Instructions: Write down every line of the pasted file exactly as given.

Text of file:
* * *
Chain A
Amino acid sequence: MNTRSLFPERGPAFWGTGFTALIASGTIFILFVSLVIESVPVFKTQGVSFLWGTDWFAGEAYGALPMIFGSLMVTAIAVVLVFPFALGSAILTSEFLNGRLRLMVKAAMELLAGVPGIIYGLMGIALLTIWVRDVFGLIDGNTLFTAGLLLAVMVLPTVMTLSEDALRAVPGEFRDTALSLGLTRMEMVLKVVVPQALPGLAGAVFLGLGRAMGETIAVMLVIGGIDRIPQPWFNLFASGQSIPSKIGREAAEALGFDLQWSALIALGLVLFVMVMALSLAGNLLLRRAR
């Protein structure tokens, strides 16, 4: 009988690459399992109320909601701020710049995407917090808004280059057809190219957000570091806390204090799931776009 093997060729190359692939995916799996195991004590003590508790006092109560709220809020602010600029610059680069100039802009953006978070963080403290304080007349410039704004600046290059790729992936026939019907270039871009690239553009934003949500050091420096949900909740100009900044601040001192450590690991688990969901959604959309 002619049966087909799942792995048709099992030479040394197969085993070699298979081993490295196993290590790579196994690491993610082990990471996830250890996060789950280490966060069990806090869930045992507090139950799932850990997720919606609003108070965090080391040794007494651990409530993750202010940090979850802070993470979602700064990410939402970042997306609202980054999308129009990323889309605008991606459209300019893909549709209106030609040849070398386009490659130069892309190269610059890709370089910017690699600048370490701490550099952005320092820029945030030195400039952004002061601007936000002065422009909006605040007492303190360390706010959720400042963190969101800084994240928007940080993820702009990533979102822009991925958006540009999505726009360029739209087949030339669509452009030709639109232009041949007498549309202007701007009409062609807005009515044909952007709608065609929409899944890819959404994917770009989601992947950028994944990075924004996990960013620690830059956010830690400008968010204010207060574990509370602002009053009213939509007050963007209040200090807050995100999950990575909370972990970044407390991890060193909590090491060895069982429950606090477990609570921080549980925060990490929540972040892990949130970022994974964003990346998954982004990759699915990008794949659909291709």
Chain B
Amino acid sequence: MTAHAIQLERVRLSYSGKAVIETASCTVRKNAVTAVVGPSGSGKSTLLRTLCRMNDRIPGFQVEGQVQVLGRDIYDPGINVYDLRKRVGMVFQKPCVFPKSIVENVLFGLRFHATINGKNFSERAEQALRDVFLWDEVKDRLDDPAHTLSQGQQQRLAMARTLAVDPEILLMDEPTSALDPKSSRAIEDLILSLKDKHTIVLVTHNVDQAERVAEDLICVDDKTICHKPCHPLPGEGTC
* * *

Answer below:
Chain A
Amino acid sequence: MNTRSLFPERGPAFWGTGFTALIASGTIFILFVSLVIESVPVFKTQGVSFLWGTDWFAGEAYGALPMIFGSLMVTAIAVVLVFPFALGSAILTSEFLNGRLRLMVKAAMELLAGVPGIIYGLMGIALLTIWVRDVFGLIDGNTLFTAGLLLAVMVLPTVMTLSEDALRAVPGEFRDTALSLGLTRMEMVLKVVVPQALPGLAGAVFLGLGRAMGETIAVMLVIGGIDRIPQPWFNLFASGQSIPSKIGREAAEALGFDLQWSALIALGLVLFVMVMALSLAGNLLLRRAR
């Protein structure tokens, strides 16, 4: 009988690459399992109320909601701020710049995407917090808004280059057809190219957000570091806390204090799931776009 093997060729190359692939995916799996195991004590003590508790006092109560709220809020602010600029610059680069100039802009953006978070963080403290304080007349410039704004600046290059790729992936026939019907270039871009690239553009934003949500050091420096949900909740100009900044601040001192450590690991688990969901959604959309 002619049966087909799942792995048709099992030479040394197969085993070699298979081993490295196993290590790579196994690491993610082990990471996830250890996060789950280490966060069990806090869930045992507090139950799932850990997720919606609003108070965090080391040794007494651990409530993750202010940090979850802070993470979602700064990410939402970042997306609202980054999308129009990323889309605008991606459209300019893909549709209106030609040849070398386009490659130069892309190269610059890709370089910017690699600048370490701490550099952005320092820029945030030195400039952004002061601007936000002065422009909006605040007492303190360390706010959720400042963190969101800084994240928007940080993820702009990533979102822009991925958006540009999505726009360029739209087949030339669509452009030709639109232009041949007498549309202007701007009409062609807005009515044909952007709608065609929409899944890819959404994917770009989601992947950028994944990075924004996990960013620690830059956010830690400008968010204010207060574990509370602002009053009213939509007050963007209040200090807050995100999950990575909370972990970044407390991890060193909590090491060895069982429950606090477990609570921080549980925060990490929540972040892990949130970022994974964003990346998954982004990759699915990008794949659909291709």
Chain B
Amino acid sequence: MTAHAIQLERVRLSYSGKAVIETASCTVRKNAVTAVVGPSGSGKSTLLRTLCRMNDRIPGFQVEGQVQVLGRDIYDPGINVYDLRKRVGMVFQKPCVFPKSIVENVLFGLRFHATINGKNFSERAEQALRDVFLWDEVKDRLDDPAHTLSQGQQQRLAMARTLAVDPEILLMDEPTSALDPKSSRAIEDLILSLKDKHTIVLVTHNVDQAERVAEDLICVDDKTICHKPCHPLPGEGTC